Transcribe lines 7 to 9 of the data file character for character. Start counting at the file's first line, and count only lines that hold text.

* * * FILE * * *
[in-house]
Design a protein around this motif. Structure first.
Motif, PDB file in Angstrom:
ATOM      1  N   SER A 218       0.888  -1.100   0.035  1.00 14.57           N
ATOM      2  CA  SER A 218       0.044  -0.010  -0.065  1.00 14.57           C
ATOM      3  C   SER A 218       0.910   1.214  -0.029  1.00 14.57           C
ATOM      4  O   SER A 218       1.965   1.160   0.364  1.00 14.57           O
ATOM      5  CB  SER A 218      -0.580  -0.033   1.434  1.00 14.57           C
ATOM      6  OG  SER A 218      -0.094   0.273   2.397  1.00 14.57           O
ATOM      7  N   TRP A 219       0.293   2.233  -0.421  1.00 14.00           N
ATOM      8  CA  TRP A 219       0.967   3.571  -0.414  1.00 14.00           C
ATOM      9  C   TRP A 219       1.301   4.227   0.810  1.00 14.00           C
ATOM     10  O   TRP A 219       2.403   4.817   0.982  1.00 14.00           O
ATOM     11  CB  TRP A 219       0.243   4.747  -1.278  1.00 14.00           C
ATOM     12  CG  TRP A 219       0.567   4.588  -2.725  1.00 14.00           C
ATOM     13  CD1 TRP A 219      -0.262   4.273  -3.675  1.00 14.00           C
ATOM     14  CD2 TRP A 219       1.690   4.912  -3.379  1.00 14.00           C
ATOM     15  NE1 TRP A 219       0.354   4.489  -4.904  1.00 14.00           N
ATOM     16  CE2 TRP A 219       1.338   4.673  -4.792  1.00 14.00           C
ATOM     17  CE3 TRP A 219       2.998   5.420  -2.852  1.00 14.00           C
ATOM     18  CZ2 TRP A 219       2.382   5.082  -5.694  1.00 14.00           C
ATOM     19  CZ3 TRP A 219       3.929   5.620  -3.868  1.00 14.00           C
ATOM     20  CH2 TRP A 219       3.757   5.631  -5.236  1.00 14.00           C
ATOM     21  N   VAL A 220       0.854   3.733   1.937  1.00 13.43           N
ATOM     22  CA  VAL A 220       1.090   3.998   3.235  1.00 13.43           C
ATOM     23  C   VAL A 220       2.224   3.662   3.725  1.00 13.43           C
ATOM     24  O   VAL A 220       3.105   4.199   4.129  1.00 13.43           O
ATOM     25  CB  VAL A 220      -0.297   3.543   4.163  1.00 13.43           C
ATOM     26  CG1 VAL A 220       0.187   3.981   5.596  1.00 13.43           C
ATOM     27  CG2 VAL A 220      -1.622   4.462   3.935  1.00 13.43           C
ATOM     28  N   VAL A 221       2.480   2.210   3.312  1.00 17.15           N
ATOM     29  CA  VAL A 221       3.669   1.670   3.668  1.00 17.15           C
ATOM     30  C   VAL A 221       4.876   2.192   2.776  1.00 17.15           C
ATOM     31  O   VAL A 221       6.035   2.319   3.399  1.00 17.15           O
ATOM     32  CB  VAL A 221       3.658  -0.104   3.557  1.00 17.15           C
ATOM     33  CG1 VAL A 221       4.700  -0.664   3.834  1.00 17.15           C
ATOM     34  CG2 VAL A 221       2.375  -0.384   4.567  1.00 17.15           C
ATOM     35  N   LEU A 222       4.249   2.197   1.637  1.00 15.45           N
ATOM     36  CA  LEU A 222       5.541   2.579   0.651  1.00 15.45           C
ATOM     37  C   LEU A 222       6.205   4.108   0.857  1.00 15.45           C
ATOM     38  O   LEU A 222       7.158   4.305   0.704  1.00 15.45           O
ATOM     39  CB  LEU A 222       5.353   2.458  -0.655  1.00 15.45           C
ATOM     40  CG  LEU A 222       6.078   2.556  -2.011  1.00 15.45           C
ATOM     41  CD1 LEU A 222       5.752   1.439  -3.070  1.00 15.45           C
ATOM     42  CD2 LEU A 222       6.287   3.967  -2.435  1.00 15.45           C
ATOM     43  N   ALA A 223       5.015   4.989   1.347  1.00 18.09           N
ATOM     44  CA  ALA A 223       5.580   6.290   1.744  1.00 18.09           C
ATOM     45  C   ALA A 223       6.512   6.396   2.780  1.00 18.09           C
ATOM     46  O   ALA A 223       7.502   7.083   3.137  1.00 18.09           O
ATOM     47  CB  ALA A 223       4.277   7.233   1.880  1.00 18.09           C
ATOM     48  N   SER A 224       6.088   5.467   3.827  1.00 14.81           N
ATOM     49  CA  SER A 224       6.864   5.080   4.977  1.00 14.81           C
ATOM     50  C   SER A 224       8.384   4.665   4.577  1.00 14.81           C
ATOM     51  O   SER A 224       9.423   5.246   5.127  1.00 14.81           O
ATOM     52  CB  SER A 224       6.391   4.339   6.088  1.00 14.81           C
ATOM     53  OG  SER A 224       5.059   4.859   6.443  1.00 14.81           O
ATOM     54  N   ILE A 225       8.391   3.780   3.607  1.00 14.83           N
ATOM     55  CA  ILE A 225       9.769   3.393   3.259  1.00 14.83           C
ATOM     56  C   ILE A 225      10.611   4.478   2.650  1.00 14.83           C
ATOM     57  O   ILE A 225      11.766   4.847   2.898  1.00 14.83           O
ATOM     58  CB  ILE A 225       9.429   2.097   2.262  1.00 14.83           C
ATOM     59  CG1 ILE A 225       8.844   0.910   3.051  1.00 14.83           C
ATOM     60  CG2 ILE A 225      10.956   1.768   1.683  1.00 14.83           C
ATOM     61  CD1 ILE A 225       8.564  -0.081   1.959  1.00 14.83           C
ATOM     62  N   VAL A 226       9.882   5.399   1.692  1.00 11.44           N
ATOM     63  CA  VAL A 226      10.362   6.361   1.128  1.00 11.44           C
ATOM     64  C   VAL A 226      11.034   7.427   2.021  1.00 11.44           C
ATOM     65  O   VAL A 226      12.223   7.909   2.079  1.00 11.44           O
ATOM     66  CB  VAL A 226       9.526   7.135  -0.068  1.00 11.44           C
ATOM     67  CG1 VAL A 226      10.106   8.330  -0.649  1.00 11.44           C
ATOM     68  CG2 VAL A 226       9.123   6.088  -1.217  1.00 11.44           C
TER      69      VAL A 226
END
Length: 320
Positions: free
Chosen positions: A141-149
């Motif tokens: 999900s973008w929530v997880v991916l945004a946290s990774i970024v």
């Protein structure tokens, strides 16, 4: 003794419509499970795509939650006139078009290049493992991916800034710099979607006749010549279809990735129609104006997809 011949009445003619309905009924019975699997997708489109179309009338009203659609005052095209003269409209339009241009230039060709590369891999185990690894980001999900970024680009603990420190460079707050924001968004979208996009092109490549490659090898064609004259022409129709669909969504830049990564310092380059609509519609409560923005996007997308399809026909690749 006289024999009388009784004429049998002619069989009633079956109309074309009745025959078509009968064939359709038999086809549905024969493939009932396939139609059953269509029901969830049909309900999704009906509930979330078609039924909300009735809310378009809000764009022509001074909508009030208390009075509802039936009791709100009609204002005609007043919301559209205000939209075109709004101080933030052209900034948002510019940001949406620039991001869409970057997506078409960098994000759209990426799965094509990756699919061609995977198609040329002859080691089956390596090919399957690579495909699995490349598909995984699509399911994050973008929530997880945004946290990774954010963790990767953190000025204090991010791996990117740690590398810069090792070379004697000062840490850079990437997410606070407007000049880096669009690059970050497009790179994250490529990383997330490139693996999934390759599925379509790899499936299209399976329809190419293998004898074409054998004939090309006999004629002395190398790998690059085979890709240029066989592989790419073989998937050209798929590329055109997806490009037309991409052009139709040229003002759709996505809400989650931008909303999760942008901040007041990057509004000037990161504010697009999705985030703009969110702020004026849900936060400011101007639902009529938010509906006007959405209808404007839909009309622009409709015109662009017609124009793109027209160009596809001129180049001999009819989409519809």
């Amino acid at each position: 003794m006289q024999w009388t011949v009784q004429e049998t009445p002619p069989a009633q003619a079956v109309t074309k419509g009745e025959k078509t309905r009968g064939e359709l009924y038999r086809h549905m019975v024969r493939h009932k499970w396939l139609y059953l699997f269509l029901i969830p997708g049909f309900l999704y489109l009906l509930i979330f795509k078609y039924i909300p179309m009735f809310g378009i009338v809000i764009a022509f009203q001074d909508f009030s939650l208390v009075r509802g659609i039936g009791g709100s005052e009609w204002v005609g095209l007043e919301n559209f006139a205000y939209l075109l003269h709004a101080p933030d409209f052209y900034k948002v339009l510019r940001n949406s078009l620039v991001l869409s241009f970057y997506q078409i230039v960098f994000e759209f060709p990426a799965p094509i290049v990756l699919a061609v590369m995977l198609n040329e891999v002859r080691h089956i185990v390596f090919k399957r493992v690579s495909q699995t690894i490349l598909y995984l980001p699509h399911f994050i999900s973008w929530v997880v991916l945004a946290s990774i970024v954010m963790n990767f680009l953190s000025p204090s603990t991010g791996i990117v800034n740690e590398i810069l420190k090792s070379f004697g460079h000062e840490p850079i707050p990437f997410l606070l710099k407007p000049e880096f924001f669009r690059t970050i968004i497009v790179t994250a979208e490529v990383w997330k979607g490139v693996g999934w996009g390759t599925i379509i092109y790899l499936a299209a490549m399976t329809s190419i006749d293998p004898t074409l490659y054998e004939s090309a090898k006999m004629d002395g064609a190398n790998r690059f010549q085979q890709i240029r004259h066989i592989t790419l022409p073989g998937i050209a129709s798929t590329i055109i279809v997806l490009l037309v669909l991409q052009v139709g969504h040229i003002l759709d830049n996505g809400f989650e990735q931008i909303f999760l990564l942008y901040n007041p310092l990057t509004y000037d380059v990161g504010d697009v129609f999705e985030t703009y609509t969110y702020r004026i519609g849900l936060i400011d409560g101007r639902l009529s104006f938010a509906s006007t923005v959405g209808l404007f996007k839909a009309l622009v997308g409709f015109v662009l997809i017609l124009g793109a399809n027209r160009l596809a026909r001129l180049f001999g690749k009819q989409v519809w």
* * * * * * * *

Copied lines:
ATOM      4  O   SER A 218       1.965   1.160   0.364  1.00 14.57           O
ATOM      5  CB  SER A 218      -0.580  -0.033   1.434  1.00 14.57           C
ATOM      6  OG  SER A 218      -0.094   0.273   2.397  1.00 14.57           O